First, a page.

Facebook is another one of my social media accounts, but I use it for the marketplace more than anything else. I like searching through the marketplace for good deals and I also post things to sell. I have sold quite a few things on the marketplace, and it is very convenient. I created a fake page then searched myself and I came up rather quickly. You could see everything about me on Facebook, such as school I am attending, jobs from the past, old posts, and even things that I once sold on their marketplace. I do not want strangers knowing all this data about me so I made my profile private, although you can still see the items I have sold through the marketplace. This does not bother me as much because in my opinion, a buyer or consumer should always be able to research the seller. When doing online sales, transparency is key for many reasons. My understanding of how others view me tells me that consumers must have peace of mind, when shopping, of authenticity so that the word “scam” never enters the mind. When I first started buying things on Facebook, this was my main concern, and I would only shop with those individuals that kept the transparency throughout their profile and the buying process; therefore, I will do the same.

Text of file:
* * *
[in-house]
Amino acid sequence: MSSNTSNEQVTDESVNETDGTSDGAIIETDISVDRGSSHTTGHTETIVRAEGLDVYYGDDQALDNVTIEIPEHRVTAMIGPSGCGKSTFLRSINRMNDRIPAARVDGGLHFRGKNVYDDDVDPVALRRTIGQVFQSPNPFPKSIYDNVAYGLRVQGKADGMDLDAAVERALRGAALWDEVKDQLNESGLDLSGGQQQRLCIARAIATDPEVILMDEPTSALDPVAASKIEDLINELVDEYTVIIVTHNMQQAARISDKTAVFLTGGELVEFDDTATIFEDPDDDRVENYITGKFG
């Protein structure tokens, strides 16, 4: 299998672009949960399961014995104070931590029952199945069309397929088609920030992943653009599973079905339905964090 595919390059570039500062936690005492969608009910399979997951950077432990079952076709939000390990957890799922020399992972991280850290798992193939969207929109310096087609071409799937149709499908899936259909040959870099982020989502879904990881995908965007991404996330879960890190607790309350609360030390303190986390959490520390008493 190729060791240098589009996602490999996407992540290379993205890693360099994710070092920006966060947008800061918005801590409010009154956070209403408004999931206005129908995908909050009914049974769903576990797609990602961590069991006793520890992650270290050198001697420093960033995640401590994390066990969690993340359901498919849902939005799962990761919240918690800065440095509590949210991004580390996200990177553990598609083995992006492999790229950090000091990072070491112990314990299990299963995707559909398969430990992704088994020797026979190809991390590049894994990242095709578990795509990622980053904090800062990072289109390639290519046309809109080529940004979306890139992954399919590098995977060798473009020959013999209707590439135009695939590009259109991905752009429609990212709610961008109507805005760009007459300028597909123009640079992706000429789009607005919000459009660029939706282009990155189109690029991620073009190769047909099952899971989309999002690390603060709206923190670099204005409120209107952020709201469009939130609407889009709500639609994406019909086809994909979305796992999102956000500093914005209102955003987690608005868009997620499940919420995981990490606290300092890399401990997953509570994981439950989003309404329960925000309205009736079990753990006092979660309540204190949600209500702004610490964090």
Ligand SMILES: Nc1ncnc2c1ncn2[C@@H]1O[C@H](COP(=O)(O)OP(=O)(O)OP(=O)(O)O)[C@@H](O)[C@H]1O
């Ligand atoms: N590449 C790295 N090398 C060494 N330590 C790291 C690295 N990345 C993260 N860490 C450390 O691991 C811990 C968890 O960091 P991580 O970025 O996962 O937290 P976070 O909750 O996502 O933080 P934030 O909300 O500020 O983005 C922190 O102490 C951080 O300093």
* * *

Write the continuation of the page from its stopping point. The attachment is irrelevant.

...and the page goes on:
In conclusion, this experimental process of improving self-awareness, by taking a look at my online data identity from an outside point of view made me smarter about how I might be viewed, amongst other things. Before this experiment, I thought of myself as in control of my life and data. I now realize that I was living with fictional expectations. We all have an online fingerprint that has been generated for us with no regard to consent and knowing this, improves your self-awareness. Another take away for me is that since the internet is here to stay, we can now think of ourselves as immortal. Our online data identity is eternal and humans in the distant future will have their own perspective of us via the data of today. I am not sure of how to interpret these results right now, but with a continued search for greater self-awareness, I am sure that I will have a fixed notion of these results at some point in time.